A sweet and silly snack for this Halloween season courtesy of Longmont Dairy.
Apple Goons and Eyeballs
Eyeballs – make 24 hrs ahead:
Package of mini-chocolate chips 1 cup powdered sugar
1 teaspoon cornstarch
1 Tablespoon corn syrup
2 teaspoons milk
2 green apples – cored and quartered
3 strawberries, sliced flat for tongues
64 shelled sunflower seeds for teeth
Whisk together powdered sugar and cornstarch. Add corn syrup and milk and stir to a thick paste. Spoon into a piping bag (or baggie with the corner snipped off) and pipe small dots onto a sheet of waxed paper. Gently add a mini chocolate chip in the center before the icing sets up. Allow the eyes to set (or dry), on your counter, for at least 24 hours.
Cut a mouth out of the center of the peel side. Fill gap with peanut butter. Place a sliced strawberry as the tongue, 8 sunflower seeds as the teeth and “glue” the premade eyeballs on with a little peanut butter.
These simple cookie balls are full of multi grains and naturally sweetened. They make an excellent quick carbohydrate snack when on the go. Just make sure to pair with a handful of nuts or a source of protein to balance out the snack.
1/2 cup packed Medjool Dates, pitted and chopped (5-6 large aprox)
1/2 cup raisins
1 tsp vanilla extract
1/2 tsp cinnamon
pinch of salt
1-3 tablespoons of water, as needed
Add all of the ingredients, except water, into your food processor or blender. Pulse, stopping to scrape down the sides as needed. Once everything is well combined, add water slowly to allow the mixture to come together so it is moldable into ball shapes.
Wet hands and roll mixture into golf ball sized cookie balls.
Store in refrigerator in airtight container for up to 1 week.
Eggs varieties seem to be taking over the dairy isle these days, have you noticed? Let’s not even go there with the entire row of frozen pizza options! Here is a little help with the mystery of labels on eggs these days, and the added cost. Use these to make the best choice for your family and yourself.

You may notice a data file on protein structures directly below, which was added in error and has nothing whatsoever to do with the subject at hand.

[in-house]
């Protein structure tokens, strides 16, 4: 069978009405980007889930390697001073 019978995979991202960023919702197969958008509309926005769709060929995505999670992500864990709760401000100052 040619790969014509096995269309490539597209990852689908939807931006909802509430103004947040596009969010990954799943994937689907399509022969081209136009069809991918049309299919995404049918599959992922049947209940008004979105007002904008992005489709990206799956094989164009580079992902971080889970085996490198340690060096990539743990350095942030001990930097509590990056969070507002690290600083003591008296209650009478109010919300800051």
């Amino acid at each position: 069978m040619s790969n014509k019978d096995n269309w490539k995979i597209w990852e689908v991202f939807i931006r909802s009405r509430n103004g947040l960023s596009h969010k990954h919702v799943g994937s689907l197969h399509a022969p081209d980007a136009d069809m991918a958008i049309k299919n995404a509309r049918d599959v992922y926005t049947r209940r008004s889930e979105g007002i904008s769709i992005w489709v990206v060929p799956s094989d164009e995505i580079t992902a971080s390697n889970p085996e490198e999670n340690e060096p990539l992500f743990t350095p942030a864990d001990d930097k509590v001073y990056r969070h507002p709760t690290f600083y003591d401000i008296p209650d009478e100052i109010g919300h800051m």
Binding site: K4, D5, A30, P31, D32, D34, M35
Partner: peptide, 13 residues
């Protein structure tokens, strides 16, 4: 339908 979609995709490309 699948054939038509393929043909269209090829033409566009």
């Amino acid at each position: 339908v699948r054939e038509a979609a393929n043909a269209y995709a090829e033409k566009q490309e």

This label means that the hens live in large barns. They don’t have outdoor access, and they get about 1.5 sq. ft. of space each typically. Not idea for moving about much, but better than the extremely confined corners of a cage. They can move more and socialize, which makes for happier, healthy ladies!
The hens are often housed in barns, and have limited access to outdoor areas. These outdoor spaces are required to be at least 2 sq. ft. per hen and have the added bonus of vegetation. More plants to nosh on means more nutrients for the hens which translates into more nutrients in the eggs. No guarantee that every hen eats the plants, so a slight toss up on the added benefits in each egg.
These chickens are required to get a minimum of 108 sq. ft. of outdoor space in addition to indoor space for resting and roosting. The more natural environment results in less stress for the hens and more room to move about and do what they do. Some studies have even shown these eggs to contain more nutrients and Omega 3s than non-pasture-raised hens.
I am often asked about one supplement or another when it comes to nutrition. I believe it is a very personal decision, but I caution clients that they usually come with side effects and often the label on the bottle is not what is reported on the label (more is added that is unknown, or less of the active ingredient is included, etc.). Let’s clarify, a supplement is any substance (micronutrient, vitamin, mineral, etc.) that is not medicine.
Here are a few things to keep in mind in making a decision:
our bodies are unique and react differently to medications/supplements. Often the case is that what works for one person, may not work for another.
The supplement industry is a billion dollar industry. Make sure to do thorough research and if any red flags pop up, keep your money in your wallet.
“Given that they are both used for health purposes, it would be easy to assume that medications and supplements are regulated the same way and produced to the same standards, but unfortunately this is not the case. Unlike medications, supplements are regulated post-market, which means that no regulatory body evaluates the contents or safety of supplements before they are sold to consumers. Take a look below to learn more about the many differences between medications and supplements, and how those differences make supplement use risky for athletes.